With them goes Garion, a simple farm boy only months before, but now the focus of the struggle. He had never believed in sorcery, wanting no part of it. Yet with every league they travel, the power is growing within him, forcing him into acts of wizardry that he can't accept. His fate is inextricably woven into the fabric of an unfolding prophecy for glory or doom.
© and (P)2003 Books in Motion. This recording is produced by arrangement with the Ballantine Publishing Group, a division of Random House, Incorporated.
"Absorbing. Touches all the right Fantasy bases. Warring gods, political intrigues, supernatural creatures, and appealingly human magicians." (Publishers Weekly)
"Fabulous! Eddings has a marvelous storyteller style. Exceedingly well portrayed." (Anne McCaffrey)
I've enjoyed the book and series on the whole but was quite annoyed with the narration. Aside from minor items (always saying "secession" when in context the word must have clearly been "succession", for example), the narrator had very little consistency in intonation or even in pronouncing characters' names. While I realize that there are rather a lot of people introduced over the course of the series, and many countries, a single character sometimes sounds Russian, Swedish, Irish, or American. Given the structure of the series, it would make sense for each country to have a designated accent and stick with that. But at a minimum, I would like consistent accent and intonation for individuals we spend a lot of time with!
The narrator's male character voices usually sound pretentious and flamboyant. Garion's Voice they randomly picks up a English or Australian accent. Overall this narrator gets very very annoying the more you listen to him.
No, not really. I'm not too fond of the narrator. I'd recommend the story though.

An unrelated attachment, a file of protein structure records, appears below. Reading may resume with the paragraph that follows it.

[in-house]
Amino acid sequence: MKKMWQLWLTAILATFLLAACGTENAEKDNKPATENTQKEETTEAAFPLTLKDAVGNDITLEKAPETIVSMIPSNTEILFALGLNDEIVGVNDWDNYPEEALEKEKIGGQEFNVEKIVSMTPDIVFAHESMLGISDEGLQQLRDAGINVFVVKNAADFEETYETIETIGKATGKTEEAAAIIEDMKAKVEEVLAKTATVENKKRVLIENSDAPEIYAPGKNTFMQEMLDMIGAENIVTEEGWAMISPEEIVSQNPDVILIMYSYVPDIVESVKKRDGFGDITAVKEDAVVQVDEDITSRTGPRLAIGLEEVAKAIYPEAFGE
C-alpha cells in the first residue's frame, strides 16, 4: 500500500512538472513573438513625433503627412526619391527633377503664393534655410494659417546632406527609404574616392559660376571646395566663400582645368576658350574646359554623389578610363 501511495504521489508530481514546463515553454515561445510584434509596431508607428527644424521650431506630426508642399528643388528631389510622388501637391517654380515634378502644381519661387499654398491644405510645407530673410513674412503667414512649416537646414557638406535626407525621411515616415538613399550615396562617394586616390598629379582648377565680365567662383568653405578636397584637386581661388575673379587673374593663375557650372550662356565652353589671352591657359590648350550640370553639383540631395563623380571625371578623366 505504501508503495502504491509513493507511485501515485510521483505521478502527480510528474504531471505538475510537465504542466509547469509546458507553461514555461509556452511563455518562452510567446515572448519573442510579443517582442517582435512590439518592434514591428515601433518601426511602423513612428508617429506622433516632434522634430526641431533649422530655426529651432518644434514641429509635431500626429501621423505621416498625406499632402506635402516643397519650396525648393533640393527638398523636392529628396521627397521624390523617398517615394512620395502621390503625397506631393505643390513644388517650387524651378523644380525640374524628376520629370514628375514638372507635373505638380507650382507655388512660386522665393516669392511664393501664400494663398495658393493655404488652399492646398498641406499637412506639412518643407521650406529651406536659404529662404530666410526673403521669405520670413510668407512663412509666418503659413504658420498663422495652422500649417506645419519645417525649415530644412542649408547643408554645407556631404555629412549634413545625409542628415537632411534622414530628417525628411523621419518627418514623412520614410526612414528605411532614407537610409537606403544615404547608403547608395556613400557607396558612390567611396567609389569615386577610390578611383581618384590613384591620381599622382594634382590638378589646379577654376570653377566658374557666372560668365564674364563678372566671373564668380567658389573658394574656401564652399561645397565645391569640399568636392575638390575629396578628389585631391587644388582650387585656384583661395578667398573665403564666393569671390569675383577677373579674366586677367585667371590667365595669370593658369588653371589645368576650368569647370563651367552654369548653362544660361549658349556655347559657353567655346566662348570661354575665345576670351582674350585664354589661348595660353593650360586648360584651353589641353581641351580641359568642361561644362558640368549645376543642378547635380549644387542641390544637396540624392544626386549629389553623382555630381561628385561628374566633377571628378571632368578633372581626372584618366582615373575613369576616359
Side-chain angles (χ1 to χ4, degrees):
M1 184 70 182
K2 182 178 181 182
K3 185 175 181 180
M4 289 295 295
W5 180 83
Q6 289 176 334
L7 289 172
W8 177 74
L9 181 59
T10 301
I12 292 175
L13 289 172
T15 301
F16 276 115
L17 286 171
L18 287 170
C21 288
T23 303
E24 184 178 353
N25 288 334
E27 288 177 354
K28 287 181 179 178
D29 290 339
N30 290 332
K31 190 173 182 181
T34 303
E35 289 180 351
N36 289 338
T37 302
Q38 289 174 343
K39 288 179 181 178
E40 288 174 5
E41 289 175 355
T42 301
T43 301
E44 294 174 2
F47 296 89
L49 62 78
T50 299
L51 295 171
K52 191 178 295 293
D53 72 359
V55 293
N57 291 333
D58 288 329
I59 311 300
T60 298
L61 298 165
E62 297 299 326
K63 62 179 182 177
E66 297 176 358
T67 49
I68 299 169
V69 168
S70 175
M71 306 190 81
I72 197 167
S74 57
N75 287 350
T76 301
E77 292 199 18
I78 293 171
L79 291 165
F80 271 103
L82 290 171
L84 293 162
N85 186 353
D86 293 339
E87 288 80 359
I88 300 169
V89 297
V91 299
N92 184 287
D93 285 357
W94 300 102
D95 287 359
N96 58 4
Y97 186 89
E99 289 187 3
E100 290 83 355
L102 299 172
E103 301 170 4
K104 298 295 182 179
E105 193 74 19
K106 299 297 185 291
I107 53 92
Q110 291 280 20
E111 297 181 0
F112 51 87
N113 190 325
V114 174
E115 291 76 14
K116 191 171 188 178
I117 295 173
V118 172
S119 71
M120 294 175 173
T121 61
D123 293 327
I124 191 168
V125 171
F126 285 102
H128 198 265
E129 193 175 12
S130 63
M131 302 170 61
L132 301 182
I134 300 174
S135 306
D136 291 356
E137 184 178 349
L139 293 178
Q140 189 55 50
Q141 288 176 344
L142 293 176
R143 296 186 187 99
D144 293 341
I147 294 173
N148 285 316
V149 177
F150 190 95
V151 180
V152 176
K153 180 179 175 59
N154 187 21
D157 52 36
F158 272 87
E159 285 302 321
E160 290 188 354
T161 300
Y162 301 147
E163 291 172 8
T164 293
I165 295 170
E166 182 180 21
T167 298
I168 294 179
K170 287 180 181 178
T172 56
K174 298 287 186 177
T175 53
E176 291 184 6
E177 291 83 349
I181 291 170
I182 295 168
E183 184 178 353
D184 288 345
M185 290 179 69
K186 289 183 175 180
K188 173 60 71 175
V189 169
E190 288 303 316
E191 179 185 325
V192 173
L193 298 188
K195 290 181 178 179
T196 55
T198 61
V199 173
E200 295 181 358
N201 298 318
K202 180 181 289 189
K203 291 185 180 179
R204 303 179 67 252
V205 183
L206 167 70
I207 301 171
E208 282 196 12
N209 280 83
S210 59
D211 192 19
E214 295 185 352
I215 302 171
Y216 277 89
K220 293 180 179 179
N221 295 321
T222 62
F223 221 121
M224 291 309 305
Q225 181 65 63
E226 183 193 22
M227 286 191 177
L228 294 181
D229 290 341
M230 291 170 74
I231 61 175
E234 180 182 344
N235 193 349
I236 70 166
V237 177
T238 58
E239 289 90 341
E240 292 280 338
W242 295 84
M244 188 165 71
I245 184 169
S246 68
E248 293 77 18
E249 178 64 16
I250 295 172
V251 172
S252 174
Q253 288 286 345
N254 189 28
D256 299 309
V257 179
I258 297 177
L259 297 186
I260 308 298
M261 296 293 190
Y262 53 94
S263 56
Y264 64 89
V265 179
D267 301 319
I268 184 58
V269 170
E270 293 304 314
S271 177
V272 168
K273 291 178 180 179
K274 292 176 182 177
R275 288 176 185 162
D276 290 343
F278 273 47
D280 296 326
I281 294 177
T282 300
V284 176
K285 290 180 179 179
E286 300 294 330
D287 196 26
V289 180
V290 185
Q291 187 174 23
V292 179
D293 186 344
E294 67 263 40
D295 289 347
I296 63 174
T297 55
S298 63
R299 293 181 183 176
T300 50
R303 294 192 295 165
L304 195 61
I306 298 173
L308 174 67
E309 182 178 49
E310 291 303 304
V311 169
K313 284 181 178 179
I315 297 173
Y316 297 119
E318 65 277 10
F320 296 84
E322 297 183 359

The story is fun, classic fantasy. Reminds me a bit of knightly romances, with magic thrown in.
Just as book one, this book is open-ended. You probably have to read the entire series to get to the solution of the adventure.
I love most of Eddings books. But the attempt at so many different accents for all the characters was...a distraction for me.
Fine voice, but the books stand on their own. They should have just been read and not performed.
I love the Belgariad. It's my favourite series. I've read them over and over again. Finally when I saw that they were available in audiobook, I was very excited.
The narrator is awful! I know that that is not the nicest thing to say, but there are a number of points that lead me to this conclusion. First, his accents for characters change more that performers at awards shows; there is no consistency. Second, and most frustrating, is that he cannot pronounce names the same way consistently. This extends to numerous times within paragraphs. While I realize that the trouble with books of this nature are that they may not pronounce names as we may have, he can't even remember how he's doing it. At last count, there are four different pronunciations of Ce'Nedra.
"The narrator is sooo funny. "
And he's not supposed to be but there you go great story from you childhood and he does get better in book 3 and 4 so it's still worth the points.
"Queen Of Sorcery by David Eddings"
After the breathtaking events of \"Pawn Of Prophecy\", the reader is dying to know what happens next. Here, Eddings continues to show us his genius, plunging Garion in to a world in to which he is not prepared to go. Full of wit and wisdom, this continuation of the epic adventure sees Garion being kidnapped, comming to terms with the fact that sorcery is in his family, and meeting more people on the quest, about which, he still knows little, but upon which he has embarked ... a must read for all Eddings fans.
Can't wait to continue. The epic story; excellently told in this audiobook!
If you never.read another book, A&E sure you read this one!
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